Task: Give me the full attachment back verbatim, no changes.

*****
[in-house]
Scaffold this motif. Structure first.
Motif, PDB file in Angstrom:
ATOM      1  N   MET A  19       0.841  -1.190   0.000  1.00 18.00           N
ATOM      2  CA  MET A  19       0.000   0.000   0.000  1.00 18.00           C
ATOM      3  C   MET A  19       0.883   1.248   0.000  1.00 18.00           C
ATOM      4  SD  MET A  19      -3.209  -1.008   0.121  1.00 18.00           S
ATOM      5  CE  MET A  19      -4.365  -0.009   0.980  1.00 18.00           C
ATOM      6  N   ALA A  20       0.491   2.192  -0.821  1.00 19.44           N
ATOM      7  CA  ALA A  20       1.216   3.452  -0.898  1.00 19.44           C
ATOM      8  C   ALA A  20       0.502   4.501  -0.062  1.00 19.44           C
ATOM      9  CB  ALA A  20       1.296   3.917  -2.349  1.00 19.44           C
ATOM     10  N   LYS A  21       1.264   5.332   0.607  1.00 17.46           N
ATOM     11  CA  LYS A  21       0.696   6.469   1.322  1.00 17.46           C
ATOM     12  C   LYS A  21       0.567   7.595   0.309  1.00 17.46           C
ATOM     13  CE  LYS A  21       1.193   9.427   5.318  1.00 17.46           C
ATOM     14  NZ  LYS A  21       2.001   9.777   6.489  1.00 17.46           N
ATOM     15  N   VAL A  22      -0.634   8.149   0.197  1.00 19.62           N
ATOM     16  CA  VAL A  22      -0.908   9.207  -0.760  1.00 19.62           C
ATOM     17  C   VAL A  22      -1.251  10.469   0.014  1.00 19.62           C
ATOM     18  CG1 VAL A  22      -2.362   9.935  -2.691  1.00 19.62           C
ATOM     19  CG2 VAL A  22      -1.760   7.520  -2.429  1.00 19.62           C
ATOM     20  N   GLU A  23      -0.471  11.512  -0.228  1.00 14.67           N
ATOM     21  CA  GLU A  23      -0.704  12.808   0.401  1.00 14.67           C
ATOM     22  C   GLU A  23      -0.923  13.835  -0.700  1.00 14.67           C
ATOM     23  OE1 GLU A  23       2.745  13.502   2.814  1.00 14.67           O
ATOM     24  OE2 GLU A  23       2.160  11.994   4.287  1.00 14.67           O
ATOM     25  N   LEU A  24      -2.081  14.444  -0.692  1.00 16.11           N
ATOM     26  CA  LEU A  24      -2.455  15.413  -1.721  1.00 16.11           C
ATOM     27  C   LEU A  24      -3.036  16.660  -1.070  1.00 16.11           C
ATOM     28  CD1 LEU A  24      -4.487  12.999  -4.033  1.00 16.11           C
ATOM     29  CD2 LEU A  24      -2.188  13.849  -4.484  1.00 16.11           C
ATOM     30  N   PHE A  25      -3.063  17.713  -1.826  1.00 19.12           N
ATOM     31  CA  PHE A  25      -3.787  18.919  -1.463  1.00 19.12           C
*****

[in-house]
Scaffold this motif. Structure first.
Motif, PDB file in Angstrom:
ATOM      1  N   MET A  19       0.841  -1.190   0.000  1.00 18.00           N
ATOM      2  CA  MET A  19       0.000   0.000   0.000  1.00 18.00           C
ATOM      3  C   MET A  19       0.883   1.248   0.000  1.00 18.00           C
ATOM      4  SD  MET A  19      -3.209  -1.008   0.121  1.00 18.00           S
ATOM      5  CE  MET A  19      -4.365  -0.009   0.980  1.00 18.00           C
ATOM      6  N   ALA A  20       0.491   2.192  -0.821  1.00 19.44           N
ATOM      7  CA  ALA A  20       1.216   3.452  -0.898  1.00 19.44           C
ATOM      8  C   ALA A  20       0.502   4.501  -0.062  1.00 19.44           C
ATOM      9  CB  ALA A  20       1.296   3.917  -2.349  1.00 19.44           C
ATOM     10  N   LYS A  21       1.264   5.332   0.607  1.00 17.46           N
ATOM     11  CA  LYS A  21       0.696   6.469   1.322  1.00 17.46           C
ATOM     12  C   LYS A  21       0.567   7.595   0.309  1.00 17.46           C
ATOM     13  CE  LYS A  21       1.193   9.427   5.318  1.00 17.46           C
ATOM     14  NZ  LYS A  21       2.001   9.777   6.489  1.00 17.46           N
ATOM     15  N   VAL A  22      -0.634   8.149   0.197  1.00 19.62           N
ATOM     16  CA  VAL A  22      -0.908   9.207  -0.760  1.00 19.62           C
ATOM     17  C   VAL A  22      -1.251  10.469   0.014  1.00 19.62           C
ATOM     18  CG1 VAL A  22      -2.362   9.935  -2.691  1.00 19.62           C
ATOM     19  CG2 VAL A  22      -1.760   7.520  -2.429  1.00 19.62           C
ATOM     20  N   GLU A  23      -0.471  11.512  -0.228  1.00 14.67           N
ATOM     21  CA  GLU A  23      -0.704  12.808   0.401  1.00 14.67           C
ATOM     22  C   GLU A  23      -0.923  13.835  -0.700  1.00 14.67           C
ATOM     23  OE1 GLU A  23       2.745  13.502   2.814  1.00 14.67           O
ATOM     24  OE2 GLU A  23       2.160  11.994   4.287  1.00 14.67           O
ATOM     25  N   LEU A  24      -2.081  14.444  -0.692  1.00 16.11           N
ATOM     26  CA  LEU A  24      -2.455  15.413  -1.721  1.00 16.11           C
ATOM     27  C   LEU A  24      -3.036  16.660  -1.070  1.00 16.11           C
ATOM     28  CD1 LEU A  24      -4.487  12.999  -4.033  1.00 16.11           C
ATOM     29  CD2 LEU A  24      -2.188  13.849  -4.484  1.00 16.11           C
ATOM     30  N   PHE A  25      -3.063  17.713  -1.826  1.00 19.12           N
ATOM     31  CA  PHE A  25      -3.787  18.919  -1.463  1.00 19.12           C